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As Open Enrollment Ends, Pennsylvanians Fear For The Future Of Health Coverage

Matt Rourke
Gov. Tom Wolf shows his signature after he signed legislation reauthorizing Pennsylvania's Children's Health Insurance Program at Children's Hospital of Philadelphia on Friday, Dec. 15, 2017.


The open enrollment period for people buying health insurance through the Affordable Care Act comes to a close this Friday—a period half as long as last year’s. Nearly 80 percent of Pennsylvanian consumers selected the “middle-of-the-road” silver plan last year, but this year, costs for silver plans have rocketed.

Meanwhile, the hazy future of the Children Health Insurance Program (CHIP) has some Pennsylvania customers worried. Congress didn't authorize funding at the end of September, and Pennsylvania Human Services officials say they only have enough money to last until February. Many other states are running out of CHIP money, too. Plus, Congress has yet to authorize funding for community health centers in Pennsylvania, putting them on the verge of crisis.


We cut through some of the confusion and talk about the implications of these health care changes with Kris Mamula and Kate Giammarise from the Pittsburgh Post-Gazette and WESA’s health and science reporter Sarah Boden.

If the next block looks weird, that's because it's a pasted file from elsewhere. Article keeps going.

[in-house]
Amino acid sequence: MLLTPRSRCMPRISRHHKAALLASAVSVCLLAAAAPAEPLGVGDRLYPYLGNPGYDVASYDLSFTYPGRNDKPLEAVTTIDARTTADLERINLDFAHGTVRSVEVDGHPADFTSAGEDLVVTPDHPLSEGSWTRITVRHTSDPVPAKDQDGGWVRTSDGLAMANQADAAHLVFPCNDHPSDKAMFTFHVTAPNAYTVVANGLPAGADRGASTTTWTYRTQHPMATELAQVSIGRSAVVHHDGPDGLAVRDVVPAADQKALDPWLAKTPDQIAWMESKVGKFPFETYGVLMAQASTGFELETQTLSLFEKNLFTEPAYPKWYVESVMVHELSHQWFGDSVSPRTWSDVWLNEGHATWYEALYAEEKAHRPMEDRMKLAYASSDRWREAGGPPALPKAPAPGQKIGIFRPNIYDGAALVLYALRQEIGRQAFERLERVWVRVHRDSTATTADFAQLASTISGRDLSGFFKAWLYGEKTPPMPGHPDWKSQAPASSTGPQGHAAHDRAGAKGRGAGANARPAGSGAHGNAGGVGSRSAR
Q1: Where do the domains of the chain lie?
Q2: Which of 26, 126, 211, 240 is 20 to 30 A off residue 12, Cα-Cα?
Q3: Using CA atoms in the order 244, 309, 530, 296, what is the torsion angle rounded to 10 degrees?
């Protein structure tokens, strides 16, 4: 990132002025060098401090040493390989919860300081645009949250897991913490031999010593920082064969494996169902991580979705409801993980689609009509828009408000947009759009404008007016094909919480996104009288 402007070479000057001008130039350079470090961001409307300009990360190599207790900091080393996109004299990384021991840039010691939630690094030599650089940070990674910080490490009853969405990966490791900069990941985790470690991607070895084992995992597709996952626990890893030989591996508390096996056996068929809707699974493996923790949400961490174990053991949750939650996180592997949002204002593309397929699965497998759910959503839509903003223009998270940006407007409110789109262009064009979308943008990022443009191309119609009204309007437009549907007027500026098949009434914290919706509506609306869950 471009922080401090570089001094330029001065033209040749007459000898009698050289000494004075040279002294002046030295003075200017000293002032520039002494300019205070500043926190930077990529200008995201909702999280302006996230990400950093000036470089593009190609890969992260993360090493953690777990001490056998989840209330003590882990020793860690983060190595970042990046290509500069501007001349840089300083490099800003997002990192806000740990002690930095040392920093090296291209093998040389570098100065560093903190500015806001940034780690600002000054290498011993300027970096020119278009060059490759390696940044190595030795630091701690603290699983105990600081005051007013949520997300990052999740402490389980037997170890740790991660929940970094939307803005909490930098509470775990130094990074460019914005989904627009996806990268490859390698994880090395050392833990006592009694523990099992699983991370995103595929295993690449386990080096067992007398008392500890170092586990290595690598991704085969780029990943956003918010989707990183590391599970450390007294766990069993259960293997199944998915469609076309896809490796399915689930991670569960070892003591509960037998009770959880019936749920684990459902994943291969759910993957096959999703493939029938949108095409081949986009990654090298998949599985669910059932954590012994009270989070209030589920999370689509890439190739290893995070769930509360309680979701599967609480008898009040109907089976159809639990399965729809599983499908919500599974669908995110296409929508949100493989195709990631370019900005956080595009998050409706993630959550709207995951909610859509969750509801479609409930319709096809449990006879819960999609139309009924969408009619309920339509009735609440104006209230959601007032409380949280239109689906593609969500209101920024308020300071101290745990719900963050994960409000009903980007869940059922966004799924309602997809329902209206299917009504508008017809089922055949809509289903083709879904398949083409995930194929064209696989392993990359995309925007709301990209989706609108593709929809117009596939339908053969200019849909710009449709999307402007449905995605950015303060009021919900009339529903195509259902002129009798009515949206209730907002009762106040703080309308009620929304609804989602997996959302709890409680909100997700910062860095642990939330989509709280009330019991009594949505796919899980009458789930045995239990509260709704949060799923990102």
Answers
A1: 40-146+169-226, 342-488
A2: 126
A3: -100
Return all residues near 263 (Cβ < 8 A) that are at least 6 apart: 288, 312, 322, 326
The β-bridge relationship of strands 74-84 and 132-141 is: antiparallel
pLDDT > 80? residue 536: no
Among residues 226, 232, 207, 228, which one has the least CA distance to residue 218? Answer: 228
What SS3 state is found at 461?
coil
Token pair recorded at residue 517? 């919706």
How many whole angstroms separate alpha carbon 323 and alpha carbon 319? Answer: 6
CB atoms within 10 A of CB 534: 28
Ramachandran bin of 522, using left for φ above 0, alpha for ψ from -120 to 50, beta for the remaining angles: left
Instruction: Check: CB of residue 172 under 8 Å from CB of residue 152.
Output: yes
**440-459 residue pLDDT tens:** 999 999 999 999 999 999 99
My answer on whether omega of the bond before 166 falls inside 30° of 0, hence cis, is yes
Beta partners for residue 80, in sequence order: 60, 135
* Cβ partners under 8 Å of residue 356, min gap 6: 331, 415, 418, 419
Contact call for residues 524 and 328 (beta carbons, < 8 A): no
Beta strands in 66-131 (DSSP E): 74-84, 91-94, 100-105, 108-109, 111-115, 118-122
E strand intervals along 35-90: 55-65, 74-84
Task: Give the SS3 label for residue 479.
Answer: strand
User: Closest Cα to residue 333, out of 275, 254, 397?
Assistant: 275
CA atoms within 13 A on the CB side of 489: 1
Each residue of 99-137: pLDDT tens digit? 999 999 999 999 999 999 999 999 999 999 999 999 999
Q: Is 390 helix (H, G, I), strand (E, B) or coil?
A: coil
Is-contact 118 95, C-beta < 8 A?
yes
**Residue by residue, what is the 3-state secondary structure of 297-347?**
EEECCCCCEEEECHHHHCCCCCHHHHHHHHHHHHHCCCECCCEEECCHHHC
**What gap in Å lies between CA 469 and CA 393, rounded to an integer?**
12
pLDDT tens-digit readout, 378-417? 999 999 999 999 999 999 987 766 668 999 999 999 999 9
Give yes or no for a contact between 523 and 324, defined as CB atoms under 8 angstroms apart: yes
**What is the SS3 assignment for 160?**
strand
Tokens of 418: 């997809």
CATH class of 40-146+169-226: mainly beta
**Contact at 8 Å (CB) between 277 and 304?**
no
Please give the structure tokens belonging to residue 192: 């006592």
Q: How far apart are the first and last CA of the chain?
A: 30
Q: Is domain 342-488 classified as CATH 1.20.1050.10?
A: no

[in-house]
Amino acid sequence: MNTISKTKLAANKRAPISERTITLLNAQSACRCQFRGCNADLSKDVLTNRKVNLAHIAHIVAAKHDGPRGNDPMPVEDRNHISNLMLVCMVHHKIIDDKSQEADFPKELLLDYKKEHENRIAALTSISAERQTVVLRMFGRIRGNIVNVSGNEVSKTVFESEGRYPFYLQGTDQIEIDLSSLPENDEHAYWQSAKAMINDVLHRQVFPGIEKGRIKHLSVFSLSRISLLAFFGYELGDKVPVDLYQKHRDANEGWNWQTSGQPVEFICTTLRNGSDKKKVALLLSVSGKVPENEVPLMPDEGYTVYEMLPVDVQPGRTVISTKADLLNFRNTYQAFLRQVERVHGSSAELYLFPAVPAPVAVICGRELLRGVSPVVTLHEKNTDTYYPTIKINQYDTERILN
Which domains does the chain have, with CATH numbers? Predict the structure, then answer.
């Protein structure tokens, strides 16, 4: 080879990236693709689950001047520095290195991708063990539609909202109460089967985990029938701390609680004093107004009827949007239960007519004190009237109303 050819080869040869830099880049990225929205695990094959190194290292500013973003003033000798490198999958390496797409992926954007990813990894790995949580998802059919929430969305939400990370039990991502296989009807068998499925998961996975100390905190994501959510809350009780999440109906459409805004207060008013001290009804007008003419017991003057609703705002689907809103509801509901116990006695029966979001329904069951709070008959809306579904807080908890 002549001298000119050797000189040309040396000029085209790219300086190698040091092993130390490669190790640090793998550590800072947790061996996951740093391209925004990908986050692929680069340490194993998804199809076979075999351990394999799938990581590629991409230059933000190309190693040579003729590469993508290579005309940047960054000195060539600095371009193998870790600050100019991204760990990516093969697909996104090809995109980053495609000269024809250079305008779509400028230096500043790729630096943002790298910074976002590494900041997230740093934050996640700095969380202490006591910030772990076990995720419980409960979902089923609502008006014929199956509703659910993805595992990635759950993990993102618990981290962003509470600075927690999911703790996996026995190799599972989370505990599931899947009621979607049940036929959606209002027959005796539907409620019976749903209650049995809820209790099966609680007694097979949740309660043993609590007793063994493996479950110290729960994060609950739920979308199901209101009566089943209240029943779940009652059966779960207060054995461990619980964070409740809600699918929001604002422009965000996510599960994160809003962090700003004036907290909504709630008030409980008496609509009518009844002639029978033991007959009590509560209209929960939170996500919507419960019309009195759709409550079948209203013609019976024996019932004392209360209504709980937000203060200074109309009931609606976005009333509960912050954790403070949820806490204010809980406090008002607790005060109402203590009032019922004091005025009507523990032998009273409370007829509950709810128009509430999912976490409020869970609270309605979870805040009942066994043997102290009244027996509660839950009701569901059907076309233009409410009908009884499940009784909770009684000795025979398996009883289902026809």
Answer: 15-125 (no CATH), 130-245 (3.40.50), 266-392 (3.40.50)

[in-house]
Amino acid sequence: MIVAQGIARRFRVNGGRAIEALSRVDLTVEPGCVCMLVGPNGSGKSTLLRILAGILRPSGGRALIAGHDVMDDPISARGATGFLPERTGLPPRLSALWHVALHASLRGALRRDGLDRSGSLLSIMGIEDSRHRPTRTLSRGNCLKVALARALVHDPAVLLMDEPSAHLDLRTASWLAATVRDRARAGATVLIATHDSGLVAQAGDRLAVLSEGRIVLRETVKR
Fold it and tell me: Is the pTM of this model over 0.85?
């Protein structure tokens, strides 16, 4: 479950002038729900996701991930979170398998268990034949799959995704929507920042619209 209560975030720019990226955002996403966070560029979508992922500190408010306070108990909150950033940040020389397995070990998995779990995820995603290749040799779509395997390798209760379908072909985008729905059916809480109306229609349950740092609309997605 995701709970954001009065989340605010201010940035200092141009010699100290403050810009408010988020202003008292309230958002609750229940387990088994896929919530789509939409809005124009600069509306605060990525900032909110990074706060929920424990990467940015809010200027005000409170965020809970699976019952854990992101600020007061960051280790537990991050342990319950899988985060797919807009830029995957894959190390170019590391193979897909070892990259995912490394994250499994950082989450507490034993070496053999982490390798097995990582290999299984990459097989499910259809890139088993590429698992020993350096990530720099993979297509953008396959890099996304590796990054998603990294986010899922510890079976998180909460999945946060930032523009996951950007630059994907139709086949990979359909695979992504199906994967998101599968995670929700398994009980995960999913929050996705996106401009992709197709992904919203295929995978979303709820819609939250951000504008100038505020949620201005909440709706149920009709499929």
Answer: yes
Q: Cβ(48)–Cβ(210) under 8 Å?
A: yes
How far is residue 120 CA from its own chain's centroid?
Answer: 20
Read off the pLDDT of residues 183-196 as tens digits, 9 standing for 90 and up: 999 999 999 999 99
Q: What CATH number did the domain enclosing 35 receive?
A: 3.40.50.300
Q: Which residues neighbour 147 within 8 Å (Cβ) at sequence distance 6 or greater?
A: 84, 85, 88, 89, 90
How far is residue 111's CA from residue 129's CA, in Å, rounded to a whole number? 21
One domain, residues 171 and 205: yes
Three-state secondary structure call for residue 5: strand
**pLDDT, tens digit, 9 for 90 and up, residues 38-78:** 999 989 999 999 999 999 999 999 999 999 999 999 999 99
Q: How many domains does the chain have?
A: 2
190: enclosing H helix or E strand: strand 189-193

Coming up next…

City Council could soon take a major step towards addressing the lack of affordable housing in Pittsburgh. Last year, the Housing Opportunity Fund was created to provide more affordable options in Pittsburgh's booming real estate and rental market, and a vote this week gave preliminary approval to fund the trust with an increase in next year's realty transfer tax.


WESA'sAn-Li Herring and Margaret J. Krauss help us understand how the fund will work.

And finally…

The number of students using on-campus mental health services nationwide has jumped sharply in recent years, and many Pittsburgh-area colleges and universities are struggling to keep up with demand. On some campuses, it's not unusual for students to wait for an appointment for two or three weeks, often even longer. So what happens when students in need can't access immediate help?


Point Park University senior Matt Petras tells us about his reporting for PublicSource.


The Confluence, where the news comes together, is 90.5 WESA’s weekly news program. Each week, reporters, editors and storytellers join veteran journalist and host Kevin Gavin to take an in-depth look at stories important to the Pittsburgh region.

Find more episodes of The Confluence here.

Megan Harris is a writer, editor, photographer and curator for Pittsburgh's NPR News station. She leads editorial coverage for The Confluence, 90.5 WESA's live, one-hour, daily morning news show.
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